Iran | Elo: 21 | FIFA: 20 |
History: Do not sleep on Team Melli. Paired with Spain, Portugal, and Morocco in 2018, Iran were this close to advancing. Qatar will mark Iran’s 6th World Cup. The Persian Stars will be desperate to avoid a 6th group stage exit.
The Iranian Football Federation(IFF) was founded in 1920. In 1926 the IFF formed the Tehran XI, an Iranian team with players picked from various Iranian clubs. In 1941 Tehran Xi became Team Melli and beat British India 1-0. Later that year, Team Melli became Iran, playing Afghanistan to a goalless draw. In 1968, Iran hosted the Asian Cup. Their debut went perfectly, with 4 wins in 4 matches making The Honour of Persia, the Champions of Asia. In 72 they would go to Thailand, and again things went perfectly. Iran would win 5 of 5 games to win a second straight championship. Iran would host again in 76. And again, they were perfect. With 4 wins in 4, Iran completed a stretch of continental dominance that never has, and maybe never will, be replicated.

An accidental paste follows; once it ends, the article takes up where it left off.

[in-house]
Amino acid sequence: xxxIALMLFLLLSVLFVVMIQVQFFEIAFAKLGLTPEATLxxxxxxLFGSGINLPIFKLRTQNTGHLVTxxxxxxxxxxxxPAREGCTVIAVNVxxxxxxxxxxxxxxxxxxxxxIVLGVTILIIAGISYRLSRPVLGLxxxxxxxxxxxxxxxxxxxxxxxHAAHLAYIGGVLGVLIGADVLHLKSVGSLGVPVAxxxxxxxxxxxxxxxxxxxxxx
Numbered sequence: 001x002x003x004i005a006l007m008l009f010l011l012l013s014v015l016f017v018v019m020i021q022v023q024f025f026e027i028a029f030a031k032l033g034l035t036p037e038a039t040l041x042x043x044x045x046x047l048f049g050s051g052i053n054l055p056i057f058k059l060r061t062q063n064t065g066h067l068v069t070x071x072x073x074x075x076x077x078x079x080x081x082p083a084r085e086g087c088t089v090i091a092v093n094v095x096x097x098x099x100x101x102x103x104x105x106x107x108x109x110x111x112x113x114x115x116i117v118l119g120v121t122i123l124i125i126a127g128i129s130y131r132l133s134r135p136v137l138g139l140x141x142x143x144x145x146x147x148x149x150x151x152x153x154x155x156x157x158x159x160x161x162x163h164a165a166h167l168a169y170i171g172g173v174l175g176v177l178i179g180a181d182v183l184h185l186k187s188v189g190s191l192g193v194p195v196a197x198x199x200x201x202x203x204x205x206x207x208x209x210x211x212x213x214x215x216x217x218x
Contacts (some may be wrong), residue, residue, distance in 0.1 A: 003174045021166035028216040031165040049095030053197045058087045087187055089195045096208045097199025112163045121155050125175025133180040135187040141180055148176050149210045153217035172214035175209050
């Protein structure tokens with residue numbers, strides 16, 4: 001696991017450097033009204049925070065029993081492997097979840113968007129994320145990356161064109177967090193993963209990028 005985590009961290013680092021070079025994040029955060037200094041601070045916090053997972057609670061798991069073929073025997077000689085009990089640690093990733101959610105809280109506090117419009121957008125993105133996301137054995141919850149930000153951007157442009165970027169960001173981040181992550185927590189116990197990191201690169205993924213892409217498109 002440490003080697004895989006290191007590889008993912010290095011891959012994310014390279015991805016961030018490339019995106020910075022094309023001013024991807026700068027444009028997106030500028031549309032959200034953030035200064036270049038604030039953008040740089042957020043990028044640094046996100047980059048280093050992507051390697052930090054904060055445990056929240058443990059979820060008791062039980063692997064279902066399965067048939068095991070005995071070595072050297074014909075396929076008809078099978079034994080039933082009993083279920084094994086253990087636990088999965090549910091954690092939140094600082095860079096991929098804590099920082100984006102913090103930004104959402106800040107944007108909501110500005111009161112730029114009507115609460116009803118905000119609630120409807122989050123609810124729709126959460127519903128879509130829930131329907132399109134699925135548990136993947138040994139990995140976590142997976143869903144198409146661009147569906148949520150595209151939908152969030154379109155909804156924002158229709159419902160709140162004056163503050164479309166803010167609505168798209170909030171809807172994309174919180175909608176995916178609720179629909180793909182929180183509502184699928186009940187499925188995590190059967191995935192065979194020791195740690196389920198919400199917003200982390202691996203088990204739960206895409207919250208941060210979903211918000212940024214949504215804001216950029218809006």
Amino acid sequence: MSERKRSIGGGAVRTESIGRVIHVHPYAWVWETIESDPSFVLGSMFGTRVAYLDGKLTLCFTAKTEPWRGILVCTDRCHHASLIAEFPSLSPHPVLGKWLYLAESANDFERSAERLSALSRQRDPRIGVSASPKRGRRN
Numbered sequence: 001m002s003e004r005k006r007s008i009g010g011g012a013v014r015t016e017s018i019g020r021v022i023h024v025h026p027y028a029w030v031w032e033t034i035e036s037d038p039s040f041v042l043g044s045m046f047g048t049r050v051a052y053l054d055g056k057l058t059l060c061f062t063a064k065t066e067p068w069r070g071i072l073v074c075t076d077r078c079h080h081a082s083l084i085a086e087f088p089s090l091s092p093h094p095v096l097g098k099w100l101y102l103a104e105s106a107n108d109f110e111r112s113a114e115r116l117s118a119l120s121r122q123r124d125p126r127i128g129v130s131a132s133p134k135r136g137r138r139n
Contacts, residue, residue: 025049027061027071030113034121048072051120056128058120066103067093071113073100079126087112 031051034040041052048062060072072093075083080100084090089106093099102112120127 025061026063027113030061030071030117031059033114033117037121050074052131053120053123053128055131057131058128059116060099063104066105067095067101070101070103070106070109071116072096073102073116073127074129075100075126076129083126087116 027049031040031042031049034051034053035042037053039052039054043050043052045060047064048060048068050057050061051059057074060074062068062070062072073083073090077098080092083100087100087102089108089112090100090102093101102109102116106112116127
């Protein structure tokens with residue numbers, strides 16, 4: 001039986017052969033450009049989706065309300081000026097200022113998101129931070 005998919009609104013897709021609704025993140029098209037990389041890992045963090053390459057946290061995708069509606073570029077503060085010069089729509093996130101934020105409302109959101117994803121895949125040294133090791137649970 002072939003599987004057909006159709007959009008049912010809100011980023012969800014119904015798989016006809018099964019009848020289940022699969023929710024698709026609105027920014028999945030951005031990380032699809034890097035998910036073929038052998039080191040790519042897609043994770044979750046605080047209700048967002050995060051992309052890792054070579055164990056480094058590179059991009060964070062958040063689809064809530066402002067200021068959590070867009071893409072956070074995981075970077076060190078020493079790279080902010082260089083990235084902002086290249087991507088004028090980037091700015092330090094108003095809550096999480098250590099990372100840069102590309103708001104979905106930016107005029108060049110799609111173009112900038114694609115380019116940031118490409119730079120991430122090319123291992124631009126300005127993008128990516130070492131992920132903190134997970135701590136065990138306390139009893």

Iran’s first venture into World Cup Qualification came in 1974, at a time where only one spot was allocated for all of Asia and all of Oceania. Iran would win an all-Asian group to enter a playoff with Australia. With a 3-0 loss away, and a 2-0 win at home, Iran bowed out as Australia went on to qualify. In 78 Iran were dominant, cruising to their first World Cup with a record of 10 wins, including 2 victories over the Aussies, and 2 draws. Iran were quickly eliminated from the tournament proper with losses to the Netherlands and Peru, but they’d go home with a point from a surprise tie with Scotland. Then, came revolution.